The issue of abortion (part II)

Further to my previous rant, I thought I’d rant a little more. Though maybe slightly more coherently (though maybe not). The reason for this is that I got a few Facebook comments from ‘friends’ the last time, making jokes about feminists, jokes about man-hating, and generally chiding comments about being a bit, you know, over the top. Call me a humourless feminist, but I didn’t find it it funny. And this is why…

The thing that underpins my whole feminism is a belief that patriarchy is underpinned by violence against women – it is this violence that allows patriarchy to function and perpetuates the power of patriarchy, though it plays no small part in also propping up capitalism. And I see violence against women everywhere, everyday, when I just want to go about my business quietly, which has made me into someone who is often sad, often angry, but always determined to be vocal about it. I don’t think this makes me some sort of wierd, incoherent social outcast but it does make lots of people – male and female – uncomfortable and unwilling to admit that they see the same things. It’s like Andrea Dworkin said: ‘People are willing to cluck empathetically over the horror of rape as long as they are not made responsible for punishing the rapist’.

Why does this relate to my post about abortion? Well.

When I was working for various Women’s Aid groups and people asked what I did and I explained, the reaction was generally positive. They thought, oh, those poor battered women, what monster could beat someone like that. People could disagree with that sort of violence against women, as long as they can also ignore the nuances within the whole concept of domestic violence, because it’s so visible and visibly disruptive. Get on to rape and things start to change. Hmmm. ‘Stranger rape’ (the Ken Clarke version) is bad, especially if it’s done to sober women who were dressed properly. The sort of rape that is what the vast majority of women who are raped experience – the sort that is perpetrated by a known man, often in the home – doesn’t really exist in mainstream public consciousness. Is it because it so uncomfortably brings it right into our front rooms? Is it because it is thought that in excess of 50,000 women are raped each year in the UK and there can’t be that many psychotic strangers lurking and someone has to be doing it? We don’t want to think about that.

Which brings me on to abortion. For me, denying a woman the right to choose whether or not she carries and gives birth to a child is violence. Just as rape is a violation of someone’s body, their mind, their humanity, so is taking control of someone’s womb. We could spend all night analysing the research about when a foetus begins to feel pain but we, as a thinking, philosophising, feeling society, have set a time limit for abortion which reflects that rational thinking. I don’t see the anti-abortion lobby jetting off to India to tackle the shocking sharp rise in the practice of aborting female foetuses – but maybe this is because all those non-white people are barbarians who don’t know any better? Or maybe it’s understandable because they’re not good Christans either – wierd idol-worshippers? Or maybe it’s because there, like here, girls and women are not valued, are an underclass, are not worth the effort? Whatever, the anti-abortion lobby concentrates its efforts on flyering university campuses – like they do here in Swansea – or insinuating their beliefs into parliamentary policy making. And it makes people who may think that domestic violence is wrong, that rape isn’t justified, think twice about whether women should have the right to an abortion. Take away that right and you violate someone’s body. You take away her autonomy and you deny her humanity – you privilege a formation of cells over the rights of a thinking human and turn her into nothing more than a vessel. You tell her that she doesn’t matter. Denying a woman’s right to an abortion, it seems to me, is a violent culmination of the messages a woman gets everyday about society’s rights to comment on her body, to consume that body as it sees fit, to sexualise, dehumanise and discard her. And that’s why I’ll be protesting in London in July. I wouldn’t care if I had to go by myself because I will not be complicit in pretending that the government’s appointment of Life to the sexual health forum is anything but a sinister, underhand attack on the rights of woment to live free from violence.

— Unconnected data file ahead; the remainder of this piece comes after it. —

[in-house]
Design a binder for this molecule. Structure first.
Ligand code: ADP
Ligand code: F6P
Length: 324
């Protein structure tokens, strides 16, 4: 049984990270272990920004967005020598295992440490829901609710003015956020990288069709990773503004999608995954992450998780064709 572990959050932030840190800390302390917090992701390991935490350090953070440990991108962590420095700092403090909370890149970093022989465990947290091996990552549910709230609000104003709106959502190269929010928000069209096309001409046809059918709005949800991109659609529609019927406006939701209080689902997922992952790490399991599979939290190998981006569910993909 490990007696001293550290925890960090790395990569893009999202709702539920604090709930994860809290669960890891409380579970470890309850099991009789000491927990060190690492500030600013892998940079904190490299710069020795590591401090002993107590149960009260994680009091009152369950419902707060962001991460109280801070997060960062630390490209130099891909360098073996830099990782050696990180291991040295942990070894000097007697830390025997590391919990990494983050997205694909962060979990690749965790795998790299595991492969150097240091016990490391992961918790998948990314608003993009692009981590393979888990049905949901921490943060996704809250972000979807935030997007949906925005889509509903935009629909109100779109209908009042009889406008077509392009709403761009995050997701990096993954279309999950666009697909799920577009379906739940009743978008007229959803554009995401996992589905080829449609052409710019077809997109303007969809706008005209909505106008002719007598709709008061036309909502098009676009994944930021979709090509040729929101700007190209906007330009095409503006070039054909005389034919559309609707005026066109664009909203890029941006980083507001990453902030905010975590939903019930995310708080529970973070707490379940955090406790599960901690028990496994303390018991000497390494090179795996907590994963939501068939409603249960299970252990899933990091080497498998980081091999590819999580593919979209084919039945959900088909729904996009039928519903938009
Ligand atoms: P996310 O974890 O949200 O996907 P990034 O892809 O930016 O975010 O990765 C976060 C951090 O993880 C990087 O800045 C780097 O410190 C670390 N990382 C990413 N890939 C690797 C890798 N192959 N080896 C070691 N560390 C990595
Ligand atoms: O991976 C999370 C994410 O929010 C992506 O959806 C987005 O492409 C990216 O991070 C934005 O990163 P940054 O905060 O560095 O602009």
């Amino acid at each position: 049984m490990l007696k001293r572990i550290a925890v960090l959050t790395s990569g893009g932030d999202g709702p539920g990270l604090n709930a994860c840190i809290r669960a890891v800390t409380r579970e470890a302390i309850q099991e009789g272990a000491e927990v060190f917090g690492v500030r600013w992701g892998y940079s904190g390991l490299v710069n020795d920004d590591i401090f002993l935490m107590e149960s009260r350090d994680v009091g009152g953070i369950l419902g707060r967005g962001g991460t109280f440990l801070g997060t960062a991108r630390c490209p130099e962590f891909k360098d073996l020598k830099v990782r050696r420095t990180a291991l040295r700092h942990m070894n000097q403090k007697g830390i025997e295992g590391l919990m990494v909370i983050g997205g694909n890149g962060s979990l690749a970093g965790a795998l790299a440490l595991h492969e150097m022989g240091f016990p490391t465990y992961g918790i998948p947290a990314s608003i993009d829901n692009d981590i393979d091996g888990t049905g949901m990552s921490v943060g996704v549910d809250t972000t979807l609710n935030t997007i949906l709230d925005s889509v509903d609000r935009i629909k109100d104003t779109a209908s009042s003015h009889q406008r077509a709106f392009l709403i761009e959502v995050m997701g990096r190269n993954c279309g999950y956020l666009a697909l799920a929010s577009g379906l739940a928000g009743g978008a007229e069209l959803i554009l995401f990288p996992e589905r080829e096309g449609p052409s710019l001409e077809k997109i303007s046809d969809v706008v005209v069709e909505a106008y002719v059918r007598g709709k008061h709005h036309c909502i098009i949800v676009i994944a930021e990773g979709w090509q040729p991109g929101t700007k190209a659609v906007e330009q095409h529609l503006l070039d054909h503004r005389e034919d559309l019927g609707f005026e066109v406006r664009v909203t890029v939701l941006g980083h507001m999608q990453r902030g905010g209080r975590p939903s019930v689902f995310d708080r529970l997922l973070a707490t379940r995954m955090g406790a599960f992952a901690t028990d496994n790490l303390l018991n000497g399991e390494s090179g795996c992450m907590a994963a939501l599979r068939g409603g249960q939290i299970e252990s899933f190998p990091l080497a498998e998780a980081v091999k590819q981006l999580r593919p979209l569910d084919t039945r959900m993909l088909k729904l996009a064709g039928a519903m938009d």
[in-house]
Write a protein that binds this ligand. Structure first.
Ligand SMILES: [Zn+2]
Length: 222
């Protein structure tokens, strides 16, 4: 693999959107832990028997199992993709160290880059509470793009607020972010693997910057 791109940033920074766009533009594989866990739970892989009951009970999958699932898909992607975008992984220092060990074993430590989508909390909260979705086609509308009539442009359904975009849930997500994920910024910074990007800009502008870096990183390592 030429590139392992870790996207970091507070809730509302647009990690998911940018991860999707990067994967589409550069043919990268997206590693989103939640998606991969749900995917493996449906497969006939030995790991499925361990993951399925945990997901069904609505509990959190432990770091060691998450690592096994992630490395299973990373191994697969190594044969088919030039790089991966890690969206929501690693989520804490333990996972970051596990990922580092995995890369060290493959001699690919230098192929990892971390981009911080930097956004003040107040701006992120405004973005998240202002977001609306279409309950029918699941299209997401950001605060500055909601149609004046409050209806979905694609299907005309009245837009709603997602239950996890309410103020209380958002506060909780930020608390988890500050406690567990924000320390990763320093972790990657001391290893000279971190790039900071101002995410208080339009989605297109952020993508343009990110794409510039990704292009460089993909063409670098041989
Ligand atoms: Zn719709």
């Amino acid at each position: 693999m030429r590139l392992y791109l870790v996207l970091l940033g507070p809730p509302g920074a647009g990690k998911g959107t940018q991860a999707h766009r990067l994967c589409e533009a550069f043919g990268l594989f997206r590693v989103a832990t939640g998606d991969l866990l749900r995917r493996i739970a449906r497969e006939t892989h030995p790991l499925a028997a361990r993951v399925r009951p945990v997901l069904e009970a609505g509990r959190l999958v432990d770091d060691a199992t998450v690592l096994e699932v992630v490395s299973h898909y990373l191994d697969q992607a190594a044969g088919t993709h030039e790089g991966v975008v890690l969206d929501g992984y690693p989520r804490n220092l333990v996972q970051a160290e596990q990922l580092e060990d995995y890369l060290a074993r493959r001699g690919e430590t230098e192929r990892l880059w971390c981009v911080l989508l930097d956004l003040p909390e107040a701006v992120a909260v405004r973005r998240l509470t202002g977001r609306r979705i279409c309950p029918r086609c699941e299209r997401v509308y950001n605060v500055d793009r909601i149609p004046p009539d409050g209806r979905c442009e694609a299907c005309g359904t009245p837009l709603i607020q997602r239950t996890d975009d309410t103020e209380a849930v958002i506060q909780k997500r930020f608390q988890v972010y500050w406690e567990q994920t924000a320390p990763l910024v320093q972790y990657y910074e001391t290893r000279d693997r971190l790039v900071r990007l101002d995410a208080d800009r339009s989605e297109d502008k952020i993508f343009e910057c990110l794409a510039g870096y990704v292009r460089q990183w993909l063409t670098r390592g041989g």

Call me a reactive, humourless feminist if you like…

#prochoicedemo2011 

https://www.facebook.com/#!/event.php?eid=175470995844914

This is a post written by SFN founder Adele.  All opinions expressed on this blog are those of the individual writers and not necessarily those of the SFN, its committee or its membership. 

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2 responses to “The issue of abortion (part II)

  1. Deborah Hopkins

    I live in Cornwall, on a below poverty level income and am consumed with the same rage – Staceyann Chin calls it “bell hooksian rage”, a perfect description!

    I am scrounging together the money to travel to London with another financially challenged woman to stand and shout and rage against this obscenity.

    Facebook pseudo-democracy is no longer enough.

    We have to stand and shout and embarrass the people who would rather not mention the unmentionable – because the unmentionable happens to us every day and when we are silent about it, we give it validation.

    See you there or on the train!

    Keep on ranting.

  2. Pingback: UK Feminista Summer School 2011: Review | Swansea Feminist Network

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